Disability Self-ID Form Updated for Federal Contractors/Subcontractors
The U.S. Department of Labor’s Office of Federal Contract Compliance Programs (OFCCP) will soon start requiring federal government contractors and subcontractors to use a new disability self-identification form. The revised self-ID form must be implemented no later than August 4, 2020 when soliciting applicants and employees to disclose whether they are an individual with a disability. The 3-month ramp-up period gives covered employers time to incorporate the new self-ID into their electronic/online HRIS and applicant tracking systems.
This mandatory disability self-ID form’s language may not be modified by contractors, and makes several notable changes from the form that has been in use for years:
- The revised self-ID form has been streamlined down to a single page format.
- OFCCP updated and expanded the form’s list of typical disabilities. Examples now include fibromyalgia, heart disease, Crohn’s Disease, irritable bowel syndrome, migraine headaches, “low vision,” rheumatoid arthritis, “intellectual disability,” and depression or anxiety.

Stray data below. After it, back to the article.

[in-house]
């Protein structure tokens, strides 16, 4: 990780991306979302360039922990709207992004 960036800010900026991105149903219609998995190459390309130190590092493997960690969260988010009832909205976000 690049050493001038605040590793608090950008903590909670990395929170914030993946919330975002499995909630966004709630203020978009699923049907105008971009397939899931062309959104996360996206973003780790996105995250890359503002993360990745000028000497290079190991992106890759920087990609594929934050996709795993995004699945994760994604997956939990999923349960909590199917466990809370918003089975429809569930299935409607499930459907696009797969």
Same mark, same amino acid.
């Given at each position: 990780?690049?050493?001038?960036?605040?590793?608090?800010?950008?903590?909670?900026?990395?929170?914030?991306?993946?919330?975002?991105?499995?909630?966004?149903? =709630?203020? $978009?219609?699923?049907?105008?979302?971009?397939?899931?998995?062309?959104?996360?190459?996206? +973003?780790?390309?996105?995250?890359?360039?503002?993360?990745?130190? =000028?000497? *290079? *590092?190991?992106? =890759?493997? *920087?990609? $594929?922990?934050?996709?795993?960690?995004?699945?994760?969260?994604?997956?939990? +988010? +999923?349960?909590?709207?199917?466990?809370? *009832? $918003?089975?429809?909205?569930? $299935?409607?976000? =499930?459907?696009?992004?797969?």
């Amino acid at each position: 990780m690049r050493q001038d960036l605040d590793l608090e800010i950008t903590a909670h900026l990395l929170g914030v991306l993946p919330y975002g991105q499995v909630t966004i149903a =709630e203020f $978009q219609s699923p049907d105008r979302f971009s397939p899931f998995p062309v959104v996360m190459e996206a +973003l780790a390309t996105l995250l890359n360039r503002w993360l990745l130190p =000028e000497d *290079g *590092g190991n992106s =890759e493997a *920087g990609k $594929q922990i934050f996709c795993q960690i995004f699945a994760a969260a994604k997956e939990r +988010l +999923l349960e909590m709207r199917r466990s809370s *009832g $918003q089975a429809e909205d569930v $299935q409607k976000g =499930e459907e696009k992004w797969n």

- OFCCP removed a paragraph about reasonable accommodation, which many concerned employers believed triggered misinformation and accommodation requests that otherwise may not have occurred.
- There is new language about the national 7% disability Utilization Goal for a contractor’s workforce, and that covered employers must re-survey employees about their disability status every five (5) years.
The revised disability self-ID form can be found here.
Practical Tip: Be sure to notify your applicant tracking system/HRIS vendor as soon as possible to make sure they are aware of the upcoming change, and program in a software update. If your business has created its own job application process, be sure to have your in-house IT department place this item on its “punch list” of projects for completing by August 4.
If you have questions about the new disability self-ID form, or about resurveying your workforce – now that most contractors are at their five (5) year interval – contact one of Miller Johnson’s Affirmative Action and Government Contracts attorneys.